If Obama had a brain and some balls, he would have axed Arne Duncan, the Sec of Ed, a long time ago.

  13. BeccaM says:

    Notice the common thread in all four of those accounts? The college or university conducted their own investigation and their own extrajudicial ‘trial’ outside of the actual law.

    Which suggests that school administrations, which have a vested interest in making crimes of all kinds just “go away”, should never have the authority to bypass law enforcement or our courts.

  14. TheAngryFag says:

    I definitely agree with you, I do not want to see the pendulum swing back either. Unfortunately it will swing back a little but the question is how far and, as the way things are going now, it might be a pretty strong push back. The problem is not that, the problem is how the universities are handling it because of the fear of the DoE’s Office of Civil Rights coming down on them. Here are a few cases:

    1) University of Michigan – Engineering Student Drew Sterrett had a consensual sexual encounter in his dorm room. His roommate was awake during the encounter and heard everything, even going so far as to send a message on Facebook in the middle of it to Drew noting it. The alleged victim in the case said absolutely nothing to the university in spite of months going by and the two are are living in the same dorm. Summer rolls around and the alleged victim’s mother finds her diary which details drug/alcohol use and sexual encounters. Then suddenly she was the victim of an assault. UMich conducts an investigation and only interviews Sterrett once, never telling him what complaint has been lodged against him and discouraging him from seeking an attorney. UMich ignores not only the testimony of Sterrett’s roommate, it also ignored the testimony of the alleged victim’s roommate that the time who swore in an affidavit on behalf of Sterrett that the alleged victim’s mother harassed her about “being a good friend” and such; the mother seemed to be driving this whole thing and Sterret got screwed as a result. Sterrett is currently suing UMich.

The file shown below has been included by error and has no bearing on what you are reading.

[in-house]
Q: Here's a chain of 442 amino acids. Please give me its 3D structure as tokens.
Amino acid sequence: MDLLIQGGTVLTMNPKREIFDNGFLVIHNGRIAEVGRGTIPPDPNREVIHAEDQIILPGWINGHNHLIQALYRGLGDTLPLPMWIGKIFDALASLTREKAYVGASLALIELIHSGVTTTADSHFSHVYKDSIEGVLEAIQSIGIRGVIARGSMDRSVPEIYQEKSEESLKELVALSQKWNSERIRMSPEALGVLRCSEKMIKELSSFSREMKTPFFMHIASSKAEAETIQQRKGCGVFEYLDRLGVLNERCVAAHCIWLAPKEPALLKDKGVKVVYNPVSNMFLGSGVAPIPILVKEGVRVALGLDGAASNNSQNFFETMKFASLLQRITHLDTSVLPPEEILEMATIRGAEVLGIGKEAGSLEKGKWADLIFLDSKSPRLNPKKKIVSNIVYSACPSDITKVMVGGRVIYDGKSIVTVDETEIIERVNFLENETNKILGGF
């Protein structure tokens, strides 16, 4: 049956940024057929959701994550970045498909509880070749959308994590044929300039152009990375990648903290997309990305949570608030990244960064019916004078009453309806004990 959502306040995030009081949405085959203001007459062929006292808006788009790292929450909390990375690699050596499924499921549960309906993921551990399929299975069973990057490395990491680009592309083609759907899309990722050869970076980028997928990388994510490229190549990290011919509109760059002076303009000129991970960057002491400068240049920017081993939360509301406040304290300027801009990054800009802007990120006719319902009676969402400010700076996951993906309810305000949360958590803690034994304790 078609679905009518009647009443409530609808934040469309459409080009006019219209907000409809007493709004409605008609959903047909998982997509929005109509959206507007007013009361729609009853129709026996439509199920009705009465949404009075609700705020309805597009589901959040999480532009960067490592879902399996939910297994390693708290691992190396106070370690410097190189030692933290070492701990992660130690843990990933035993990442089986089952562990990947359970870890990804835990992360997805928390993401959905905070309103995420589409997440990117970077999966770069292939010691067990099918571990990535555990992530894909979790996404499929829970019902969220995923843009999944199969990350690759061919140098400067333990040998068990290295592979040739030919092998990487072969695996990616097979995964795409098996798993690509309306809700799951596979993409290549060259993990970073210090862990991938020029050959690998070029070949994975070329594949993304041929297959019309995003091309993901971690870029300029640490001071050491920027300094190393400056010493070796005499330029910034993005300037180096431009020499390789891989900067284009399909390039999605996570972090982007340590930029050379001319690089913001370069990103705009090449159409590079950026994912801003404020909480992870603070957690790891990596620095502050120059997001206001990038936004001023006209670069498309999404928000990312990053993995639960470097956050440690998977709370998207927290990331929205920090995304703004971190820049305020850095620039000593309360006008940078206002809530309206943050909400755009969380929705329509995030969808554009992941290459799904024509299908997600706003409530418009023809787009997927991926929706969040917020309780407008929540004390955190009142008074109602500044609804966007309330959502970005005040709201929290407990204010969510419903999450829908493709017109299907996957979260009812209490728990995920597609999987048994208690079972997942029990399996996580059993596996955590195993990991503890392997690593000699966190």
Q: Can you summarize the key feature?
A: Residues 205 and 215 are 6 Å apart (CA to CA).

2) University of Colorado Boulder – In this case the alleged victim recanted her story and admitted to the University that her allegations were made up. The University still carried out punishment of the the male victim.

    3) Vassar – A student has a consensual sexual encounter with another student. Afterwards the alleged victim sends messages over Facebook said that she had “a wonderful time” and was “really sorry” she led him on. A year later he is slapped with a sexual misconduct complaint and, after his request for a student to sit on the panel reviewing the complaint was rejected, he was adjudicated by a panel of faculty members who all worked with the alleged victim’s father who was also a faculty member at Vassar.